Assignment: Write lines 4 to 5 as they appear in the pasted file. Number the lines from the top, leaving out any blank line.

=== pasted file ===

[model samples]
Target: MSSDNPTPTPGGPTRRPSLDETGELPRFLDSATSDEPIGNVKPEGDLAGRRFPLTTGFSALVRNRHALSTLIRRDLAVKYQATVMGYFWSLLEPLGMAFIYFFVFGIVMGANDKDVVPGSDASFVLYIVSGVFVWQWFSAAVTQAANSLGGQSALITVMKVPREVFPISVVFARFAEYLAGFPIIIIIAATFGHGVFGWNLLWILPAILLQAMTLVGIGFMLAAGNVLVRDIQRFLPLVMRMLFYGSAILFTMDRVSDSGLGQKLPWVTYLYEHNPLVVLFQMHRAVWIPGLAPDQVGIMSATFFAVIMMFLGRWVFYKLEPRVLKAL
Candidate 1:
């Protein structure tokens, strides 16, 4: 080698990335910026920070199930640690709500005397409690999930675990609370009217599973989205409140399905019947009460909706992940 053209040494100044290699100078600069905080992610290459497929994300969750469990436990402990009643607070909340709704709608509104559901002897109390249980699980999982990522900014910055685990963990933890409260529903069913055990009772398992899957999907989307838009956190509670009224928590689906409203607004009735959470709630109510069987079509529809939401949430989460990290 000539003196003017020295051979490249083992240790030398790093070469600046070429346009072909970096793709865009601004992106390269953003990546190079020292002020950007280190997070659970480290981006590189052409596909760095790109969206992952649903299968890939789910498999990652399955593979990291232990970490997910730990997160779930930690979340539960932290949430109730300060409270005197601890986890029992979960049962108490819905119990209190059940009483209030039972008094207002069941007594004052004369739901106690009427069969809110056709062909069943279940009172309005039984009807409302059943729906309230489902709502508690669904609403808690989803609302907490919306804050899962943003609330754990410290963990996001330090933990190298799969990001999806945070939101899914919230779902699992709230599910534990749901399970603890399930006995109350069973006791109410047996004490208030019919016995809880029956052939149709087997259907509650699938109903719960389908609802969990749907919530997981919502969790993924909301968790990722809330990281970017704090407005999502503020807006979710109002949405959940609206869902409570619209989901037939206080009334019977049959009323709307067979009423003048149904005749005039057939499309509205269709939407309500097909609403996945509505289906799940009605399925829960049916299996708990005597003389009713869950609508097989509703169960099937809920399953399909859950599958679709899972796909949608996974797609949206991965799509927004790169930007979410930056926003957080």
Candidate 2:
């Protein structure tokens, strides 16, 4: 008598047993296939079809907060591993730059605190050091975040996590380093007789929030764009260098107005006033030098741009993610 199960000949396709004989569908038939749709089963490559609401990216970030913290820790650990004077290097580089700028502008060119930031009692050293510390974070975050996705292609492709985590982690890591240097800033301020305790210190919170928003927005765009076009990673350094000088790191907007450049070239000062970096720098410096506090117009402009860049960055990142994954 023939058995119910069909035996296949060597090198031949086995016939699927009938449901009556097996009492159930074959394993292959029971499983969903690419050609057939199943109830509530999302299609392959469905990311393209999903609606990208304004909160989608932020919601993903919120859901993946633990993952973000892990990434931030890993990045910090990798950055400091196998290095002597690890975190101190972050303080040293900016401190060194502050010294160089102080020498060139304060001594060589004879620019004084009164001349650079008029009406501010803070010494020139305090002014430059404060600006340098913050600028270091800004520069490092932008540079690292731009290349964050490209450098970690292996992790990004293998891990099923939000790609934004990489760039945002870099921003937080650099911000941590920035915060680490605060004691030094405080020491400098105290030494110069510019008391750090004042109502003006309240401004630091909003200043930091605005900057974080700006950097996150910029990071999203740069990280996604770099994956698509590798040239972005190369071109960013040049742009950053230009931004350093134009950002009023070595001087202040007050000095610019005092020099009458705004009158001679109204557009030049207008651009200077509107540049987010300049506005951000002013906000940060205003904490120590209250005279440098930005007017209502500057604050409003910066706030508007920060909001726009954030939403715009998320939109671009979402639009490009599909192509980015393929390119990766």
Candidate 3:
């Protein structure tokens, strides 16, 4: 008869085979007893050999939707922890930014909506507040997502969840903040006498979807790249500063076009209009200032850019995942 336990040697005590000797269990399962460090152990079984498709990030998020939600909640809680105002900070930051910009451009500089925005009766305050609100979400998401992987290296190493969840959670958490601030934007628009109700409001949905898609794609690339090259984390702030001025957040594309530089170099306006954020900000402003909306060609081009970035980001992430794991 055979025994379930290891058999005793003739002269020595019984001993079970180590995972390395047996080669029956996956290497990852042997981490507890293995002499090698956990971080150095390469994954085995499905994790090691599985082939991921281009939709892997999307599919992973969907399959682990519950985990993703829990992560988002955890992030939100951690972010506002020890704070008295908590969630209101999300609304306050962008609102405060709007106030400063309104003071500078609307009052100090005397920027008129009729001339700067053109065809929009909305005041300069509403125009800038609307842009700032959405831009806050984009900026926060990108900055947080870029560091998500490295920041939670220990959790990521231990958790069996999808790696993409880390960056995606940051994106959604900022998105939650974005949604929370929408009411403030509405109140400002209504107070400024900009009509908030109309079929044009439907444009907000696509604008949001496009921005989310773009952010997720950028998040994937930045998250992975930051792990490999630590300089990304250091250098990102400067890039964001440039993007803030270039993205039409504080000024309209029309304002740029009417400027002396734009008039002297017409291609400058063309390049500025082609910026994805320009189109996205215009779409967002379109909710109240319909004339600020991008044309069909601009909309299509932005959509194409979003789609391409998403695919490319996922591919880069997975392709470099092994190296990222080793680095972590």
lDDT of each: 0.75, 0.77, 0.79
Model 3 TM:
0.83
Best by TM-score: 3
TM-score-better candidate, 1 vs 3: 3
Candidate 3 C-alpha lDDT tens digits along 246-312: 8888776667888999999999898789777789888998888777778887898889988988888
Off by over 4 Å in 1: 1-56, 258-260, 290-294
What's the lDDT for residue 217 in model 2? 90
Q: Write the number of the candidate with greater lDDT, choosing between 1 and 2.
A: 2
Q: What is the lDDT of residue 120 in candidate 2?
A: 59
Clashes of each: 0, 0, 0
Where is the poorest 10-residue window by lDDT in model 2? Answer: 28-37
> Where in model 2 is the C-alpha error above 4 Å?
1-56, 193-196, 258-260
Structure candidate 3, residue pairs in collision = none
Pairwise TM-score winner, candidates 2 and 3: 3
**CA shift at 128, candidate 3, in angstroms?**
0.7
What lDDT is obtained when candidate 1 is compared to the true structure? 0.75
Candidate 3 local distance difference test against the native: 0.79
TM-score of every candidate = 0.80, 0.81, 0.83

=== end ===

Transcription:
């Protein structure tokens, strides 16, 4: 080698990335910026920070199930640690709500005397409690999930675990609370009217599973989205409140399905019947009460909706992940 053209040494100044290699100078600069905080992610290459497929994300969750469990436990402990009643607070909340709704709608509104559901002897109390249980699980999982990522900014910055685990963990933890409260529903069913055990009772398992899957999907989307838009956190509670009224928590689906409203607004009735959470709630109510069987079509529809939401949430989460990290 000539003196003017020295051979490249083992240790030398790093070469600046070429346009072909970096793709865009601004992106390269953003990546190079020292002020950007280190997070659970480290981006590189052409596909760095790109969206992952649903299968890939789910498999990652399955593979990291232990970490997910730990997160779930930690979340539960932290949430109730300060409270005197601890986890029992979960049962108490819905119990209190059940009483209030039972008094207002069941007594004052004369739901106690009427069969809110056709062909069943279940009172309005039984009807409302059943729906309230489902709502508690669904609403808690989803609302907490919306804050899962943003609330754990410290963990996001330090933990190298799969990001999806945070939101899914919230779902699992709230599910534990749901399970603890399930006995109350069973006791109410047996004490208030019919016995809880029956052939149709087997259907509650699938109903719960389908609802969990749907919530997981919502969790993924909301968790990722809330990281970017704090407005999502503020807006979710109002949405959940609206869902409570619209989901037939206080009334019977049959009323709307067979009423003048149904005749005039057939499309509205269709939407309500097909609403996945509505289906799940009605399925829960049916299996708990005597003389009713869950609508097989509703169960099937809920399953399909859950599958679709899972796909949608996974797609949206991965799509927004790169930007979410930056926003957080």
Candidate 2: